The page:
Isaac Chotiner takes issue with this Quote Of The Day regarding British actions during WWII. He quips:

Let's just take one example: The Bengal Famine of 1943. Scholars still dispute what exactly caused the famine--and whether there were in fact sufficient amounts of food, amounts which went unused--but there can be denying that the Churchill government's response to this disaster was, in the historian Peter Clarke's word, gruesome. Upon learning that people were dying at a rapid rate (the total death toll was around 3 million) Churchill simply asked, in an infamous letter, why Gandhi had not yet starved. Eventually the government responded adequately, but this was of little solace to the millions of dead Indians. I mention this story not because it should distract us from the torture issue, but because it is worth keeping a little perspective. We do not need to idealize the past in order to make clear moral judgments.

One wonders what on earth he's talking about. The Murrow quote is about established norms of justice and due process in the British legal system in the Second World War. Murrow does not argue that Churchill was not an imperialist, as he certainly was, or that he was an angel, which he certainly wasn't. The quote was, moreover, about a collective belief that certain things were sacrosanct - like due process and the prohibition of torture.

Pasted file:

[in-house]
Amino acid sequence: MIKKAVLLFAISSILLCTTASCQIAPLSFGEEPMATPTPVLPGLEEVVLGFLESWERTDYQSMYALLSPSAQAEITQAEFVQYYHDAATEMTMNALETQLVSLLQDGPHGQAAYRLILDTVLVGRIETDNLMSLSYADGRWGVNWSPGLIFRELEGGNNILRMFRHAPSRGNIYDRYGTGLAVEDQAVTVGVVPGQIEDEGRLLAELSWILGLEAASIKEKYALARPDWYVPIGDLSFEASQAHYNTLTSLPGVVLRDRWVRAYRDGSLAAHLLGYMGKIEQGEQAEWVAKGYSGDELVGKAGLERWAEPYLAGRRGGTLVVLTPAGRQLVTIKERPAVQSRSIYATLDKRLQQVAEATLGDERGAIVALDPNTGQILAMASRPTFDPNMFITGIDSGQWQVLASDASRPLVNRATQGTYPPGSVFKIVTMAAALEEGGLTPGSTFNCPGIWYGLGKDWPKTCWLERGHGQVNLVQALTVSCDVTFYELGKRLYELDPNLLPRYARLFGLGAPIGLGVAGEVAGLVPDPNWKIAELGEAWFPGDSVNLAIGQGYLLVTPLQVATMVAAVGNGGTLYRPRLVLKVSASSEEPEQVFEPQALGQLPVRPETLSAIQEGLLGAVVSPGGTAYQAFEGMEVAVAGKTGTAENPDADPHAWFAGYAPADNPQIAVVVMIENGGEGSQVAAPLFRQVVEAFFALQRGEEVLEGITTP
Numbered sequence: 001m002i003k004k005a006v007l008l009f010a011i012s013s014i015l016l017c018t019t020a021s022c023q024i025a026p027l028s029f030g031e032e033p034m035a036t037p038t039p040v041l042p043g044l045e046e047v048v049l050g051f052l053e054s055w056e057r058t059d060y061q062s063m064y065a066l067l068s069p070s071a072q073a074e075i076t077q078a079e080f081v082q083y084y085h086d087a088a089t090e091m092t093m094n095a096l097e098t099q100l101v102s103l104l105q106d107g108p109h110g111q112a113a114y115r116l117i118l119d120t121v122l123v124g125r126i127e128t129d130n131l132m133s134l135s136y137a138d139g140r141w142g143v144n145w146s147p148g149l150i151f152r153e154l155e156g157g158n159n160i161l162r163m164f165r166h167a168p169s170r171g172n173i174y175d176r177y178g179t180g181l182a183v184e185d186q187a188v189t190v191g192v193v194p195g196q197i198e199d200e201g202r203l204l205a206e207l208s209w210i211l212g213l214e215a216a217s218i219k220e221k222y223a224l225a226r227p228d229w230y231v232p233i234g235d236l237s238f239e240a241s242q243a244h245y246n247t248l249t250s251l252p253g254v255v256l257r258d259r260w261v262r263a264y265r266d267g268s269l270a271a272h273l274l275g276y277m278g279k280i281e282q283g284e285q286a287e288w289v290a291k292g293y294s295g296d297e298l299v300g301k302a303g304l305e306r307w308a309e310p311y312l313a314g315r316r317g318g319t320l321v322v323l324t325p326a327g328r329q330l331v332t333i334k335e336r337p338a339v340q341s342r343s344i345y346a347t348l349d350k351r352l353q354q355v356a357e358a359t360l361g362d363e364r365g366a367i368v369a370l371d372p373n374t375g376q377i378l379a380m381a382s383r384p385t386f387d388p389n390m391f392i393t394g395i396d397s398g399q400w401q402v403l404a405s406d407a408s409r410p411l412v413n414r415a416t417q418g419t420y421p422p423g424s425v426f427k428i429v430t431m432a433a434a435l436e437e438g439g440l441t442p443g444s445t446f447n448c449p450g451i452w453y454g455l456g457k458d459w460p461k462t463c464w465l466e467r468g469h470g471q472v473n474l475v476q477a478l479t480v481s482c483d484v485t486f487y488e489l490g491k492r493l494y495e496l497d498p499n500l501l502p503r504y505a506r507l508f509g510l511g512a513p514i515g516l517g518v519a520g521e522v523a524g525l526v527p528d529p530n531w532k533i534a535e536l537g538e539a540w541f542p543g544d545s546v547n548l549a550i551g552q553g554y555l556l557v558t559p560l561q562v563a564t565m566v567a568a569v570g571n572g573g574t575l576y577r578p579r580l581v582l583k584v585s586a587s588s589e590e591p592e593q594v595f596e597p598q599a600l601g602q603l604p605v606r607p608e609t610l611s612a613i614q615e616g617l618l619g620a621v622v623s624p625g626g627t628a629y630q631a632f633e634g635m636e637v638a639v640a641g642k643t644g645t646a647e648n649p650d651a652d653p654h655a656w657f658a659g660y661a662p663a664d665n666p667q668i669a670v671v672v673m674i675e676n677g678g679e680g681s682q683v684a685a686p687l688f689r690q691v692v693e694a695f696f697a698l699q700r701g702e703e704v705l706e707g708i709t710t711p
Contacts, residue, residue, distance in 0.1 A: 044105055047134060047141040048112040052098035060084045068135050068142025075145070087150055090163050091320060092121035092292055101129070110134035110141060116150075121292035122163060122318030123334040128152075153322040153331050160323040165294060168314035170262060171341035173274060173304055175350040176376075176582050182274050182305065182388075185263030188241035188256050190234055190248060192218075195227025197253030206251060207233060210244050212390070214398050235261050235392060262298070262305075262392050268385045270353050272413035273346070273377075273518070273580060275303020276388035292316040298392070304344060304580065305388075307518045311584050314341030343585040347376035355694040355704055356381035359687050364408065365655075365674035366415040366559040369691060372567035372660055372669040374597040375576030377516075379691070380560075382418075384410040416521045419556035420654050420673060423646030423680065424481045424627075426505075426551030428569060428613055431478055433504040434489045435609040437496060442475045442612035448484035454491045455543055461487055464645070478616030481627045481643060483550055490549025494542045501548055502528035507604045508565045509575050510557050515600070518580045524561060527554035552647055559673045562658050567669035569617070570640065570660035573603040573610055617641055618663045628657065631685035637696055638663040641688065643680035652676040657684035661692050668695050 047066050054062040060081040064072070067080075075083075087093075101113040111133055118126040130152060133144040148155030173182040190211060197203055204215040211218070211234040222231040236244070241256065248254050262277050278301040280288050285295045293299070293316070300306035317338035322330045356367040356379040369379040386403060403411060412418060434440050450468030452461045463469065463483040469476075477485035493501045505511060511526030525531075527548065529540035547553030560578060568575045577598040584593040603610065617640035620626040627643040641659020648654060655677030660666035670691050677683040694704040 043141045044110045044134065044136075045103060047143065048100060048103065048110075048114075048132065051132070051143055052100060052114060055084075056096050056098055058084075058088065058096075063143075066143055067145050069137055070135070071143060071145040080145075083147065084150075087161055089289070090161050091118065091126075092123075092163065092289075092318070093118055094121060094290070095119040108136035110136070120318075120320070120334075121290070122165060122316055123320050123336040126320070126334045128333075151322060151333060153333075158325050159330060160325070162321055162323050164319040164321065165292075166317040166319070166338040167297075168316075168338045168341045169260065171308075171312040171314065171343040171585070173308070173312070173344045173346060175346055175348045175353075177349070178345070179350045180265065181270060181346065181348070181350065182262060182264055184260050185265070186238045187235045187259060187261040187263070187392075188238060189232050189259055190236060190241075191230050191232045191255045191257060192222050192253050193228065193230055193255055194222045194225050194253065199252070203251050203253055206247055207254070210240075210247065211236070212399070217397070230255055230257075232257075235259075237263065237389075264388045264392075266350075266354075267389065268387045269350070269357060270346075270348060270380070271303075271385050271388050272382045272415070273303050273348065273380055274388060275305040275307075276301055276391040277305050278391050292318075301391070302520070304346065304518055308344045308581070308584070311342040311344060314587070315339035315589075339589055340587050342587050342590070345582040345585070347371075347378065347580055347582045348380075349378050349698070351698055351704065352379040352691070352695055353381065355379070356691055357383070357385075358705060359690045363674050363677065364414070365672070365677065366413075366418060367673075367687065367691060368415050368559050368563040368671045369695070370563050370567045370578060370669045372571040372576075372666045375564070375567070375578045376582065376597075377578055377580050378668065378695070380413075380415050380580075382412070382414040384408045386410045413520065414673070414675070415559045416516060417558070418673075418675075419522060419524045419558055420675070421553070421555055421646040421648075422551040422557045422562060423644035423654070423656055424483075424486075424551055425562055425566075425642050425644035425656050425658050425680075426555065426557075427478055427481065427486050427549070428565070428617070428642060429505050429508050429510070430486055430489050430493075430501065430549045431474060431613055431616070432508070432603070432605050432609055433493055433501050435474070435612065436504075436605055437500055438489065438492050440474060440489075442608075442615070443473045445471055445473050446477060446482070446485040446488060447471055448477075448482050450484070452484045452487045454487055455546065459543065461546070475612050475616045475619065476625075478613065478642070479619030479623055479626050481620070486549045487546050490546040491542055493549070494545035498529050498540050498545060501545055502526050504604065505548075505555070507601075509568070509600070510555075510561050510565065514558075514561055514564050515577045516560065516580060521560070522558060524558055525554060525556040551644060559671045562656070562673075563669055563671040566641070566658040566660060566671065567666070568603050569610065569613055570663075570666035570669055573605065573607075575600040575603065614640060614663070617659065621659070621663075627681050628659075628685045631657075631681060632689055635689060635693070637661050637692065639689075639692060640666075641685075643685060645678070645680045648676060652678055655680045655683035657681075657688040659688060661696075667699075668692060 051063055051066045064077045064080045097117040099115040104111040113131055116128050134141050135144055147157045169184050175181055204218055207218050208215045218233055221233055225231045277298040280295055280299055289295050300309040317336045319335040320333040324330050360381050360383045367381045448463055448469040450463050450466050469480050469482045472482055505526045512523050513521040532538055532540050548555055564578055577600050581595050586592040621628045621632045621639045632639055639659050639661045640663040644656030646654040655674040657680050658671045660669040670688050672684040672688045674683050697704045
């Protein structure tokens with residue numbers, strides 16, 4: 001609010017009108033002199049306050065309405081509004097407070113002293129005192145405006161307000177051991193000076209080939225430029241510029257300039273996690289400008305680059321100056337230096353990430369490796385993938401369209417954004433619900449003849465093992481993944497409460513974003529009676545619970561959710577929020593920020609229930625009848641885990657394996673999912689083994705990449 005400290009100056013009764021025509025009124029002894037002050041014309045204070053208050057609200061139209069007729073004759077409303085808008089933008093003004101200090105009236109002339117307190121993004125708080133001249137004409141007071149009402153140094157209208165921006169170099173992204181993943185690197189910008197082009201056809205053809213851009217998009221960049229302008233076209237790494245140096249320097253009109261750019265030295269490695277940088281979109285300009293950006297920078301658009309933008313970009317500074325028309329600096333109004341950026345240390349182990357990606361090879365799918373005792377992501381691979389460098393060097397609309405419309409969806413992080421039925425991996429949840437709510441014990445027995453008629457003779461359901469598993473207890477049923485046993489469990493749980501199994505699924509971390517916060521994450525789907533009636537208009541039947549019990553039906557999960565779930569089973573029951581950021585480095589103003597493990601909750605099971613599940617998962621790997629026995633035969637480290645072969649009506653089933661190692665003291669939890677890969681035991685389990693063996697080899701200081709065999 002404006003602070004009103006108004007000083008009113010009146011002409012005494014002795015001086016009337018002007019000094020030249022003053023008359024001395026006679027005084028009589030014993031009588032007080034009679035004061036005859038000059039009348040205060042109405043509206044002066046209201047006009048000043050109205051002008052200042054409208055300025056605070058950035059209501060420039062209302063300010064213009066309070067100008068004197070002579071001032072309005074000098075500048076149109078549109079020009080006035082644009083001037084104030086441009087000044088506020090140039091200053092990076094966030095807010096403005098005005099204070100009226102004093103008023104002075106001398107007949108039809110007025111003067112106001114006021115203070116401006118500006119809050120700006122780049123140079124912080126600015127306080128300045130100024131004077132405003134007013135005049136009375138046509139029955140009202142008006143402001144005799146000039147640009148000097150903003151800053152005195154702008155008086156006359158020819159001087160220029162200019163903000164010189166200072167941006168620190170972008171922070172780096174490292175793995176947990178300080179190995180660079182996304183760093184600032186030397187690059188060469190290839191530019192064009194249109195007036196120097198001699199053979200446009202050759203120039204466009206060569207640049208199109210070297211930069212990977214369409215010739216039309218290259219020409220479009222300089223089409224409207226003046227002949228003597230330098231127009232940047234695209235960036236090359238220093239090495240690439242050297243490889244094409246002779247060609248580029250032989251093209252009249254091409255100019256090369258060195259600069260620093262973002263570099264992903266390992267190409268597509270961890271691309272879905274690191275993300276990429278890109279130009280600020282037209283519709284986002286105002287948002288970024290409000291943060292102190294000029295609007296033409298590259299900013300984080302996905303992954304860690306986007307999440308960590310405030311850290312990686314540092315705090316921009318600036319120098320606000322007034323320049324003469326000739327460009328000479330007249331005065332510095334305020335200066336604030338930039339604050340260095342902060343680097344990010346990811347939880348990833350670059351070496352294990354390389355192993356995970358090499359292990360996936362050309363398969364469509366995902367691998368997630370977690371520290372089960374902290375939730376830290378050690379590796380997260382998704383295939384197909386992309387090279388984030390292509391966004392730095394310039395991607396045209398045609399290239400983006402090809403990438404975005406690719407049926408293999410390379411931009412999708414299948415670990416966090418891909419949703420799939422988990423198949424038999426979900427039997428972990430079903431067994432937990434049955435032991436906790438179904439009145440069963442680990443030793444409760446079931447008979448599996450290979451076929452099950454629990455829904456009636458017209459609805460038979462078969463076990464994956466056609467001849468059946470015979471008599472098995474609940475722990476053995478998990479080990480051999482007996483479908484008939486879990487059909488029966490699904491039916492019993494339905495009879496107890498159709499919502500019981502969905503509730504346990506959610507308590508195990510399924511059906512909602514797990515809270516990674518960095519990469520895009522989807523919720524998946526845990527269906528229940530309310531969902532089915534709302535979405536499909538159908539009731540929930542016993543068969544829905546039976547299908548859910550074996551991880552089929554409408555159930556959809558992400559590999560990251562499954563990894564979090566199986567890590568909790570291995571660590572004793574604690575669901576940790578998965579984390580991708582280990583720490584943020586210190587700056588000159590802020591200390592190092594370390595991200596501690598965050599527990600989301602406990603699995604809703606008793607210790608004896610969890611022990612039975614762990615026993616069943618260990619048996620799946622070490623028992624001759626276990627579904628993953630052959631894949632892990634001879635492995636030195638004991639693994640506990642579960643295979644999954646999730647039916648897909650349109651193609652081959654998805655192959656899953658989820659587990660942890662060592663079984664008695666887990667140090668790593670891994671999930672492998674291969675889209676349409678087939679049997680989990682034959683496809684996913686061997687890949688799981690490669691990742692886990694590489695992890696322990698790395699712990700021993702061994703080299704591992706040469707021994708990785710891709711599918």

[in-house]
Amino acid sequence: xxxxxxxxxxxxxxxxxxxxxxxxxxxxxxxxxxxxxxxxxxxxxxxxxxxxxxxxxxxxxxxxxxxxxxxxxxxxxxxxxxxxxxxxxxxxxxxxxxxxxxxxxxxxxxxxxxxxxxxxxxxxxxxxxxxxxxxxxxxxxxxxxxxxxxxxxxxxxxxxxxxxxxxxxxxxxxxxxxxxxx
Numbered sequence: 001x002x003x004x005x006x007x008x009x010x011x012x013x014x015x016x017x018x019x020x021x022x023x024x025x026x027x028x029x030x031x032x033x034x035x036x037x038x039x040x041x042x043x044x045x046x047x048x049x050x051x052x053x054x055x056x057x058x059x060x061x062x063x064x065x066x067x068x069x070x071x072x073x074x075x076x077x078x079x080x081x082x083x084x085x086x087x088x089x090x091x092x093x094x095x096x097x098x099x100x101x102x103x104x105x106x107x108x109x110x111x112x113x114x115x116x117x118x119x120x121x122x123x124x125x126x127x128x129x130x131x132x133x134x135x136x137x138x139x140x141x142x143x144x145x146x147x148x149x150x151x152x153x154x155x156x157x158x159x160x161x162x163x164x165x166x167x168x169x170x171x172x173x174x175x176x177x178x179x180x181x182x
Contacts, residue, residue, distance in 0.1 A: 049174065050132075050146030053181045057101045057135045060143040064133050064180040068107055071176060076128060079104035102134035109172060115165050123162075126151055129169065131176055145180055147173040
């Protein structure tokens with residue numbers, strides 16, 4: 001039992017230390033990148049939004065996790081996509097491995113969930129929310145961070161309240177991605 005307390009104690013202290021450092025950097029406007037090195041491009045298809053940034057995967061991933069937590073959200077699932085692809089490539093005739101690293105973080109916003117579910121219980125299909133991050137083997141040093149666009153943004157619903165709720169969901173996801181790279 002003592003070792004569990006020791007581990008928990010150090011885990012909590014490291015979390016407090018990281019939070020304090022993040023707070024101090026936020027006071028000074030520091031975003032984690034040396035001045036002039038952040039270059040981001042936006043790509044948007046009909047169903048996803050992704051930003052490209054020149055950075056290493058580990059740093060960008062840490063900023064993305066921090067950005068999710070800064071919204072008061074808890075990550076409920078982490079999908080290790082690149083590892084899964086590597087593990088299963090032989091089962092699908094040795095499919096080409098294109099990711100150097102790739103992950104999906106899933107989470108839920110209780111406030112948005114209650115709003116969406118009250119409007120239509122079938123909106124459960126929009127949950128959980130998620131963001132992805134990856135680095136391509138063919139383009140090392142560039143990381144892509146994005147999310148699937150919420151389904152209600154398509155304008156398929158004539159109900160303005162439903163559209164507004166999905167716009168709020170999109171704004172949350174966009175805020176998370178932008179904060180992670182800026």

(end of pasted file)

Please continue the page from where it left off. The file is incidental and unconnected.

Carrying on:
In the last few years, Americans have shown that they do not hold such principles in such high regard - and throw them away for the illusion of security. After 9/11, Cheney panicked and abandoned whole swaths of constitutional tradition. After 1940, Churchill didn't. They responded to 9/11 by throwing such notions out the window and adopting the most heinous interrogation practices of police states throughout history.  Yglesias adds his two cents:

World War II was something like the nadir of humane conduct in world history. Back then you could be deliberately targeting enemy civilians for mass death and still be the good guy in the war. Heck, you could be Stalin and still be the good guy. It was a bad time. What’s so disturbing about Bush isn’t so much that his misdeeds have reached an unprecedented level of badness, it’s that much of his conduct seemed to reverse a trend toward better behavior developing over time.

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